The research will gather evidence on how is/are the cooperation network(s) like and how do they work. After that, the intensity of the network (network intensity index, NII) will be measured to test their performance, especially idenfiying the weaknesses so recommendations for improvement can be made. Issues that the index will cover are structure, management, functionality and results. The difficulty will be, of course, in defining the appropriate indicators and collecting all the data.

Some networks that will be analyzed are, APC in Latin America and the Caribbean, InfoDesarrollo (Peru), TICBolivia, CONGDE, IICD. These are very different networks.


Fifth Annual ICT4D Postgraduate Symposium (2010)

Fifth Annual ICT4D Postgraduate Symposium (XIV). Entrepreneurship and management

Notes from the Fifth IPID ICT4D Postgraduate Symposium 2010, held at the Universitat Politècnica de Catalunya, Barcelona, Spain, on September 9-10th, 2010. More notes on this event: ipid2010.

Understanding informal ICT micro-enterprises in developing countries
Christopher Foster

What are ICT micro-enterprises: ICTs as the key input for new products and services; less than 1o employees, majority are owner-operator:

  • Mobile and media micro-enterprises: handset distirbutors and retailers, airtime and SIM resellers.
  • PC and Internet micro-enterprises: goldfarming, LAN houses, PC assembly and reuse.

Informal success relates to niche strategies: niche markets, niche in price, in technology, in arrangements, in customer service…

Micro-enterprises are normally built around networks of enterprises, or ecosystems of ICT micro-enterprises that actually co-operate. Indeed, supply chains are very important in this area.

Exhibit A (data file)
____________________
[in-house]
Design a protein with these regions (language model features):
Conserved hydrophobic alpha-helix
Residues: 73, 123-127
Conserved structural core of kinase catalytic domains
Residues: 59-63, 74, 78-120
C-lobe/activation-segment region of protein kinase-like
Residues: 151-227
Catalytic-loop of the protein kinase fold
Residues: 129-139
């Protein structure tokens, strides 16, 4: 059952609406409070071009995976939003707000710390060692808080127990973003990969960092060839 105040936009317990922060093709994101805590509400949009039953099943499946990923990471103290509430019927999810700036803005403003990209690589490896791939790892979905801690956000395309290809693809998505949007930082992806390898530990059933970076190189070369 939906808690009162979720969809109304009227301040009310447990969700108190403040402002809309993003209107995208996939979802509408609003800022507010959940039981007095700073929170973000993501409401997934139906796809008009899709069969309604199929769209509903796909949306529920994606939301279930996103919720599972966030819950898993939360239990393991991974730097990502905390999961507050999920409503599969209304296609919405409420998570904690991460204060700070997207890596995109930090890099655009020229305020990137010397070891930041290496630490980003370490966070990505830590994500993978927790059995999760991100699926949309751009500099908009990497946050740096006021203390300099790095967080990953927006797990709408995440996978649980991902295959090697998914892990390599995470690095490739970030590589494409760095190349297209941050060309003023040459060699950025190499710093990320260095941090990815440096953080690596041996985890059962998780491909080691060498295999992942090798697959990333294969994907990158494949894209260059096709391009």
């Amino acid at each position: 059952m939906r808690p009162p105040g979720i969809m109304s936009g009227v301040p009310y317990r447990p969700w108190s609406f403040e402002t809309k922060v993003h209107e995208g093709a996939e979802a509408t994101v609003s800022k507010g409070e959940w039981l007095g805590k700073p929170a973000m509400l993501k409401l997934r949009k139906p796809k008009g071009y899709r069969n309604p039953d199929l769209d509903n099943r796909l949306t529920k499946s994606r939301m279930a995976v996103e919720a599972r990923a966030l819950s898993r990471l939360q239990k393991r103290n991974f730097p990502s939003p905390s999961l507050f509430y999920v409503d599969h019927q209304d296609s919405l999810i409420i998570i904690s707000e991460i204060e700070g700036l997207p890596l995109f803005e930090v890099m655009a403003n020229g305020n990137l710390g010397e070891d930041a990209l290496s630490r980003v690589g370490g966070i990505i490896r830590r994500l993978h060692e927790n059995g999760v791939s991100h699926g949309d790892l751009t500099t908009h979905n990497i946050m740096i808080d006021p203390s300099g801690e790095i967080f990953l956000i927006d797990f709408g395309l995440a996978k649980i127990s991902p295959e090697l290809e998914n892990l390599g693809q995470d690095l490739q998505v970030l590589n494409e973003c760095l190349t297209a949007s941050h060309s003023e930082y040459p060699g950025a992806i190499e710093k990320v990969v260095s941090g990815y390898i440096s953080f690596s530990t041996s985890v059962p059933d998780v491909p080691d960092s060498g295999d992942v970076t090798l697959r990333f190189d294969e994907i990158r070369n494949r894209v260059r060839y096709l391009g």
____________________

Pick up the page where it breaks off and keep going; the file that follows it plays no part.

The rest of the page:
On the other hand, the sector has some instabilities: the local context, instabilities of technologies, of policies, etc.

A critique to the literature would be that is often focuses on local practices, some small cases, not broad enough scenarios or approaches. We have to see what unique aspects of ICT micro-enterprise over non ICT- micro-enterprises are relevant, and especially relevant in developing countries. And, indeed, how are they related with government policies.

A strong point to consider is the approach on the base-of-the-pyramid and co-creation, in the sense of the uneven relationship between formal and informal, big and micro, etc.

Yet, this is related to another point, which is what is the role of clustering in sustainability, impact, relationships of power, etc.

Modification of ICT in response to instabilities and livelihoods and risk reduction are also approaches to consider.


Ismael Peña-López: what about the non-commercial dimension of ICT micro-enterprises that, like many telecentres do, they also provide a meeting place and other social components? A: It surely can be translated as part of the niche strategies that they design [Definitely :)]

Richard Sleight: how can other organizations be involved in micro-entrepreneurship? A: that is a difficult to answer question. Probably joining clusters, influencing regulation… but it is surely an open question.

Richard Sleight: does it make a difference if the micro-enterprise is the main/sole source of income or if it’s just a part of the income sources? A: There certainly are strategies and tactics to reduce risk and diversify their business models, so it is just possible that different models bring different research results.

Top 7 Reasons Why Most ICT4D fails
Clint Rogers

If you cannot see the video, please visit <a href=""></a>